Monday, 18 February 2019

Helping Kids Cope With Stress And Anxiety

I have written in the past that Matilda (Tilly) has suffered from her mental health and she has had some help from the junior mental health unit as well as some therapy at school. The kid's mental health unit in Kent was as useless as a bloody chocolate teapot but the therapy through the school helped because she was actually listened to. Sadly she was only entitled to one lot of therapy for about 12 weeks, at one session a week. This isn't enough and it falls on the parents to have to deal with the situation all of the time. Some parents are at their wit's end because they don't like to see their kids upset, stressed or worried. They don't know how to deal with it. So today I wanted to share some ideas of the things that I do with Matilda to help her deal with stress.

Listen to your child

Sometimes we hear our children but we don't actually LISTEN to them. We switch off and their words seem to merge into one, but it's not until you actually listen to your child that you realise and understand what they are saying between the lines. Read her face, are the words coming out of her mouth actually matching the look of stress on her face? How many times are we really pissed off, but we tell people 'I'm Fine!'. Matilda has actually clocked on to the fact that sometimes, I am not listening to her talking and she asks me questions about what she was talking about.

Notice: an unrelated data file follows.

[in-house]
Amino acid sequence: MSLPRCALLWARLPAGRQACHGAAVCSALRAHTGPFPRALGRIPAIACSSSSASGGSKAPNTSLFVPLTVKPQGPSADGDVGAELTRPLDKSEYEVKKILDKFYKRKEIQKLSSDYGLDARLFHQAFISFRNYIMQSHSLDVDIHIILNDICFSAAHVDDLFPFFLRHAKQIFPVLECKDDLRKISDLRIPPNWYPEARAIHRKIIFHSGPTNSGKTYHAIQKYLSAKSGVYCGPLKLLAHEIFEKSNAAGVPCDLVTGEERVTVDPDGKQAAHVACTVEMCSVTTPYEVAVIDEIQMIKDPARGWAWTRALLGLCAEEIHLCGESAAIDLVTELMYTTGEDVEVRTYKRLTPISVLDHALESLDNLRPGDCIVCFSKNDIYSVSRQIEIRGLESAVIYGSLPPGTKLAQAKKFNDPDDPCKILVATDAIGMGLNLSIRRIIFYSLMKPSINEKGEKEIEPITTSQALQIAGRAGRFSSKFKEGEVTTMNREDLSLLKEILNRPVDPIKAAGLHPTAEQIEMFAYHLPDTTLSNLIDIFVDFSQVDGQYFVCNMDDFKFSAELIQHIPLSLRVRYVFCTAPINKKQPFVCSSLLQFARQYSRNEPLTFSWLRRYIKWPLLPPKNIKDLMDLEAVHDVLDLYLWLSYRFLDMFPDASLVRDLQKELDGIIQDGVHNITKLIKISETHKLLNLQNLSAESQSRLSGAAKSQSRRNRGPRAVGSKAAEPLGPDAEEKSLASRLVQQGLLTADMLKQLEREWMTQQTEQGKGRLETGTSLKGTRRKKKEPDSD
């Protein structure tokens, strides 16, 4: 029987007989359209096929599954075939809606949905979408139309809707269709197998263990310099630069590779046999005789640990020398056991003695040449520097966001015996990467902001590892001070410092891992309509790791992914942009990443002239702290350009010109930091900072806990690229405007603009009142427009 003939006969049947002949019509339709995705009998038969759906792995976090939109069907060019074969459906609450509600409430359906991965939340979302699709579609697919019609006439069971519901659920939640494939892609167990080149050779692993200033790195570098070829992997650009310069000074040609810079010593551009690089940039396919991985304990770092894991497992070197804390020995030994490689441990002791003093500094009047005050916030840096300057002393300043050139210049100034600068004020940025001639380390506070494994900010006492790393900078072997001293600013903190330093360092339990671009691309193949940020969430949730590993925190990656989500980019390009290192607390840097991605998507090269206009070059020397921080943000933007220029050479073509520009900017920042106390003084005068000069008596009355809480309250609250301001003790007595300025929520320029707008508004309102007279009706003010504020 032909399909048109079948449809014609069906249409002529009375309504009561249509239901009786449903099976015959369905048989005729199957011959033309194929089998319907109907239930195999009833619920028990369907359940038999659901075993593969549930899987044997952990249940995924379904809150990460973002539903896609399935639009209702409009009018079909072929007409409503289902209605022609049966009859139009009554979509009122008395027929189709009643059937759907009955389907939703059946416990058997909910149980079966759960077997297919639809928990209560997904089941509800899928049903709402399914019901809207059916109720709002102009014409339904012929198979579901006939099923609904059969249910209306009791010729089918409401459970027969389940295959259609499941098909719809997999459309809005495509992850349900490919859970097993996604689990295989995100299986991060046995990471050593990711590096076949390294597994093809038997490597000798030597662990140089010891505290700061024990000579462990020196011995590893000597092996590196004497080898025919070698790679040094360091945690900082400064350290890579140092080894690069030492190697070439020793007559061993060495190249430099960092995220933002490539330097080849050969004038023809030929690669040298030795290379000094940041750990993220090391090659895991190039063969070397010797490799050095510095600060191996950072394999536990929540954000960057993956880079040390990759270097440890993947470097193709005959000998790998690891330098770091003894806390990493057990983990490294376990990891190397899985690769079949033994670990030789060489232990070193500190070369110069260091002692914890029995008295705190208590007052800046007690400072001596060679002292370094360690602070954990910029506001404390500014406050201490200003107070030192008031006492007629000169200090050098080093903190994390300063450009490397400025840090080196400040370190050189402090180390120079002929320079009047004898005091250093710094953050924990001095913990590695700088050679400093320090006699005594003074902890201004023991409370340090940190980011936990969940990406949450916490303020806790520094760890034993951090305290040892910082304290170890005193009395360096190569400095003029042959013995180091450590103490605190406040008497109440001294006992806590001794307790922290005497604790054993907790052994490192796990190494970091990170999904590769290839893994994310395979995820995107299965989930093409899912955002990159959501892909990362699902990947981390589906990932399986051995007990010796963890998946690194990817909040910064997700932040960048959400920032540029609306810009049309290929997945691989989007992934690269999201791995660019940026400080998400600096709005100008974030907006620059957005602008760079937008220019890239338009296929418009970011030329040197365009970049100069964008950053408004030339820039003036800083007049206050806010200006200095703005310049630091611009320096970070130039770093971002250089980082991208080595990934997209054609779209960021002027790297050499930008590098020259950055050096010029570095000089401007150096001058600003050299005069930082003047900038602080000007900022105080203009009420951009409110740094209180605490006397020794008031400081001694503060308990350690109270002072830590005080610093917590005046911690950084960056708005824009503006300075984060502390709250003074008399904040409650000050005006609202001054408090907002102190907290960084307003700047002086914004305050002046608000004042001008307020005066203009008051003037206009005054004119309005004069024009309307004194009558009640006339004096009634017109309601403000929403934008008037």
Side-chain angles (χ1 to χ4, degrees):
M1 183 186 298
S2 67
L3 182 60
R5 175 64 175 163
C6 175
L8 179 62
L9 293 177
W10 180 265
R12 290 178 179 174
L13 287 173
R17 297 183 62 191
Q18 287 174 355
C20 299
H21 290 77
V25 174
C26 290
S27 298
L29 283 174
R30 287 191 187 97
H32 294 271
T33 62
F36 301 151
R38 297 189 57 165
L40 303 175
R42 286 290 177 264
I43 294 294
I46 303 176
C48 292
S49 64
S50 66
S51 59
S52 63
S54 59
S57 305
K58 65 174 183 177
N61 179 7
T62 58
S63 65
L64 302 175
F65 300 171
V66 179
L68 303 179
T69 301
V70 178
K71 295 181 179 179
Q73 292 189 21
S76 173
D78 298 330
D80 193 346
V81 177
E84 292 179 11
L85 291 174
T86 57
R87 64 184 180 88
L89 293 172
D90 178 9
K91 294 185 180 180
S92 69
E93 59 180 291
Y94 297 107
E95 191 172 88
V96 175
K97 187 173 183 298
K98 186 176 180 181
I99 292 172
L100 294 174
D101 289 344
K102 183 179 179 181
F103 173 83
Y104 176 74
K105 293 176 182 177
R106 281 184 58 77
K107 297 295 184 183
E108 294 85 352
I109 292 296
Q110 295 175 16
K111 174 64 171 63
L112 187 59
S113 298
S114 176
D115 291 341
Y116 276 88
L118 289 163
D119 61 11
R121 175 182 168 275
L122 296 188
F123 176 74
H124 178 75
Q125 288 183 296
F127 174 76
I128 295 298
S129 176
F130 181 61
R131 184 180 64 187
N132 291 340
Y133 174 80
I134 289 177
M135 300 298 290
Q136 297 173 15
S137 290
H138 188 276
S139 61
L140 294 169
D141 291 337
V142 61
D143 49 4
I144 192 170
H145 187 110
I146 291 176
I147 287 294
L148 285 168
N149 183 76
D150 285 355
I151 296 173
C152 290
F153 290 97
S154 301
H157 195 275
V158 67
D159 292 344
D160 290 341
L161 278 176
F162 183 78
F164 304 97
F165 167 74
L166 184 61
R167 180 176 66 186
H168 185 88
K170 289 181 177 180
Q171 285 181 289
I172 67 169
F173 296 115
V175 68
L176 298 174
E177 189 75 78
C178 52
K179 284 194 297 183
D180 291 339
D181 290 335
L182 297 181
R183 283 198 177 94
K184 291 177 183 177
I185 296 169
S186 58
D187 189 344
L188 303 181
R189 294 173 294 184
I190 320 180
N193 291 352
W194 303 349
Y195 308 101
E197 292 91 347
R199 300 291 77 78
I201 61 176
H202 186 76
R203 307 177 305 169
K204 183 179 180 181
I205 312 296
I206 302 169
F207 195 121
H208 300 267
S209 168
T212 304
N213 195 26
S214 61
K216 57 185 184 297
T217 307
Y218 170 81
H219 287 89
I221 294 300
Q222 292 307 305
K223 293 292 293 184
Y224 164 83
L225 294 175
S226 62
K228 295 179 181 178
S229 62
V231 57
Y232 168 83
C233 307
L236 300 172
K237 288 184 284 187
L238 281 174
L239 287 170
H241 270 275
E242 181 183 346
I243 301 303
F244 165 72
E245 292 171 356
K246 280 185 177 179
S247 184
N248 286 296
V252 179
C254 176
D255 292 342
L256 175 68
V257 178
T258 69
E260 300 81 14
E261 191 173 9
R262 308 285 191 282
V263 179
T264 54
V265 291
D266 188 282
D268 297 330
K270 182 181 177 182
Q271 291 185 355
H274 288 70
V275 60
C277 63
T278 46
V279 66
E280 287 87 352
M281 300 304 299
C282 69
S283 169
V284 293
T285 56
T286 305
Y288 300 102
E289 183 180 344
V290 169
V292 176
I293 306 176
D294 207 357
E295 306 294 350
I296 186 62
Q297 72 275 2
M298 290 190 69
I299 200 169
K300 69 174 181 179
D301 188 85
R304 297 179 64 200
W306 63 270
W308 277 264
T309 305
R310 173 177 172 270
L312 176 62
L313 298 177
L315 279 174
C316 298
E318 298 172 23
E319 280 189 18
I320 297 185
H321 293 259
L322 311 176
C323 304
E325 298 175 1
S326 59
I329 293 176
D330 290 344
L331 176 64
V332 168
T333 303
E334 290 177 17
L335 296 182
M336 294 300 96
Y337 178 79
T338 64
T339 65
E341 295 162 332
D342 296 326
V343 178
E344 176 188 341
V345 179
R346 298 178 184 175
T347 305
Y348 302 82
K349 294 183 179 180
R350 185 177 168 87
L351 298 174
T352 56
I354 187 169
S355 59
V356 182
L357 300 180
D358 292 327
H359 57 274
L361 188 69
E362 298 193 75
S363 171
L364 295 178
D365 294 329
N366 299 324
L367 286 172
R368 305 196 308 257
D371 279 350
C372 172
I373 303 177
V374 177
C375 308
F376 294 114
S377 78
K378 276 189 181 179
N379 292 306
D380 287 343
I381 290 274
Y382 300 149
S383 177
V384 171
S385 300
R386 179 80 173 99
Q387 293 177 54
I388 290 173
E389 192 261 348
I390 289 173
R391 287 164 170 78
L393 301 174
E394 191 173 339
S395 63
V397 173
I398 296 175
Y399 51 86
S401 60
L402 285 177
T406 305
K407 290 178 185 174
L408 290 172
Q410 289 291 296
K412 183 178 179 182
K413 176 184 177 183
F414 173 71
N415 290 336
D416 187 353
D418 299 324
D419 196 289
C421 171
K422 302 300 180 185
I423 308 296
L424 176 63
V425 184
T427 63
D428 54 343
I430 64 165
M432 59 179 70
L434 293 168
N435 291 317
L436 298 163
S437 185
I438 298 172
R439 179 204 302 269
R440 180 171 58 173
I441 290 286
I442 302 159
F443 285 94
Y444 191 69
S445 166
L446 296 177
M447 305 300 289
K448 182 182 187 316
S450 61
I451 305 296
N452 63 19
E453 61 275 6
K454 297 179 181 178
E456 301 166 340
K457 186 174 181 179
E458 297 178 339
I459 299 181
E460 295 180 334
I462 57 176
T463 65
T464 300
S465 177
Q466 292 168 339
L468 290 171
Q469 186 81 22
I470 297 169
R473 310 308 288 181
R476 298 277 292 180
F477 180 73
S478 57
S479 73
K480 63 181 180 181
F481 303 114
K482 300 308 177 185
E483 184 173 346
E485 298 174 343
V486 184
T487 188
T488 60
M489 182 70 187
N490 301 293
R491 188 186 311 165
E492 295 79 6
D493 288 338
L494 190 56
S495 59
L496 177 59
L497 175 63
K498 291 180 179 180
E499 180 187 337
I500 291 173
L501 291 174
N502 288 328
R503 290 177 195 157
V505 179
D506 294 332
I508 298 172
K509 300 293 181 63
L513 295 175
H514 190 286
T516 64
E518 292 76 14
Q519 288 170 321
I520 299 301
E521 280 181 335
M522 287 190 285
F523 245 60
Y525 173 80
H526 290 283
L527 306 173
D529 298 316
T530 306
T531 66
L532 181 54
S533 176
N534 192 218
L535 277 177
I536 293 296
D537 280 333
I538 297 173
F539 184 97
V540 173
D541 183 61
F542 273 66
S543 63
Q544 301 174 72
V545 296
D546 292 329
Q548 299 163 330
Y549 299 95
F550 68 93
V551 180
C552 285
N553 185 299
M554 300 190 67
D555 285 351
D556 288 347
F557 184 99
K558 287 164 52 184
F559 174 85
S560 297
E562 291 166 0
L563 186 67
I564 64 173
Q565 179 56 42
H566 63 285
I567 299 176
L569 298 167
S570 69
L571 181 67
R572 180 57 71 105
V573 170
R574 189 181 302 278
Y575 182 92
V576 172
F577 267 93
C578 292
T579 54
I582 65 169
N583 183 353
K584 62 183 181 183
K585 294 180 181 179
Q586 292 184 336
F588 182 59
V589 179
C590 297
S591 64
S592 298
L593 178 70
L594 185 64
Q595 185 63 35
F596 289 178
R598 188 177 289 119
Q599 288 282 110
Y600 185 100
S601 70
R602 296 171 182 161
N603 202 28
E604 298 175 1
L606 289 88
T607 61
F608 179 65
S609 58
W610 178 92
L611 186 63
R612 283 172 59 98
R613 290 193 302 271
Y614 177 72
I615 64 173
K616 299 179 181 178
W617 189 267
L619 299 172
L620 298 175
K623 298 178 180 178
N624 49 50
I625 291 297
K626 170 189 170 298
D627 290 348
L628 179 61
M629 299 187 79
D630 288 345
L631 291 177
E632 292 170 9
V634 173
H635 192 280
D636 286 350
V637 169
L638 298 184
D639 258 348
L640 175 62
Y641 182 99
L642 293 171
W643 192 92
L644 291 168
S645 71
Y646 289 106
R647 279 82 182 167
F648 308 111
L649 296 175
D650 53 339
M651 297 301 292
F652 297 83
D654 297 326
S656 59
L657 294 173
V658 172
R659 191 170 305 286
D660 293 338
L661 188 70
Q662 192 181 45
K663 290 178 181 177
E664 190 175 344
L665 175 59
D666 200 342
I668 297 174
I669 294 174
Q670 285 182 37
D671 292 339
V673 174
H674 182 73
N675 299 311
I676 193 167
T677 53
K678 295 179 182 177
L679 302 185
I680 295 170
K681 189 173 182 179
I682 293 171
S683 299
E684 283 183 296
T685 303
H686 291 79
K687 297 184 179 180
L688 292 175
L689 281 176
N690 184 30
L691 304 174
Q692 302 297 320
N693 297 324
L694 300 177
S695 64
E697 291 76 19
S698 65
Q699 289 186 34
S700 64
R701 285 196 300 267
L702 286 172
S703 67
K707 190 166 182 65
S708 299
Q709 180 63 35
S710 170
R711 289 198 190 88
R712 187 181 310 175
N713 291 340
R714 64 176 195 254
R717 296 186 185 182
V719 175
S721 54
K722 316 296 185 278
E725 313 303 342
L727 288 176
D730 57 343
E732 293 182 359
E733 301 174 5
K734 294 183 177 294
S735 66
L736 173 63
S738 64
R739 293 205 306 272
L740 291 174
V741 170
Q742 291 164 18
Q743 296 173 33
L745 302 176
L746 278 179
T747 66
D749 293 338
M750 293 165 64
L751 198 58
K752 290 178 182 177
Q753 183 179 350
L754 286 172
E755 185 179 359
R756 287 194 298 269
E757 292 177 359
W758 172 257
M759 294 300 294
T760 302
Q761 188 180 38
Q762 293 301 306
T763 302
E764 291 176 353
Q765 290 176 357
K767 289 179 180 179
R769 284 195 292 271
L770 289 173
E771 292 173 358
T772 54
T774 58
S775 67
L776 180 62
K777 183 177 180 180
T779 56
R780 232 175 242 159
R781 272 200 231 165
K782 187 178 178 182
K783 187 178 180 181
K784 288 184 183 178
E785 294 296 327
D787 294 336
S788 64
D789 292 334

Book private counselling

If the NHS has no appointments available for your child, you can still book a counsellor through an online website. A counsellor will help your child and sometimes help you too. They will help you to find ways of coping and ways to encourage your child. Tilly has done play therapy before and she felt free to talk about what ever she wanted.

Ask how their day went

I always try and ask Matilda how her day went. When we are on the walk home, we talk about what she did. I can usually tell how her day went by the tone of her voice. If she tells me it was good, yet her tone is negative or there is a false smile on her face then I know there is something wrong and we deal with it there and then. Sometimes the walk home involves tears if she has had an extremely stressful day and if she is struggling with the school work. But we talk it out and she knows she is not alone.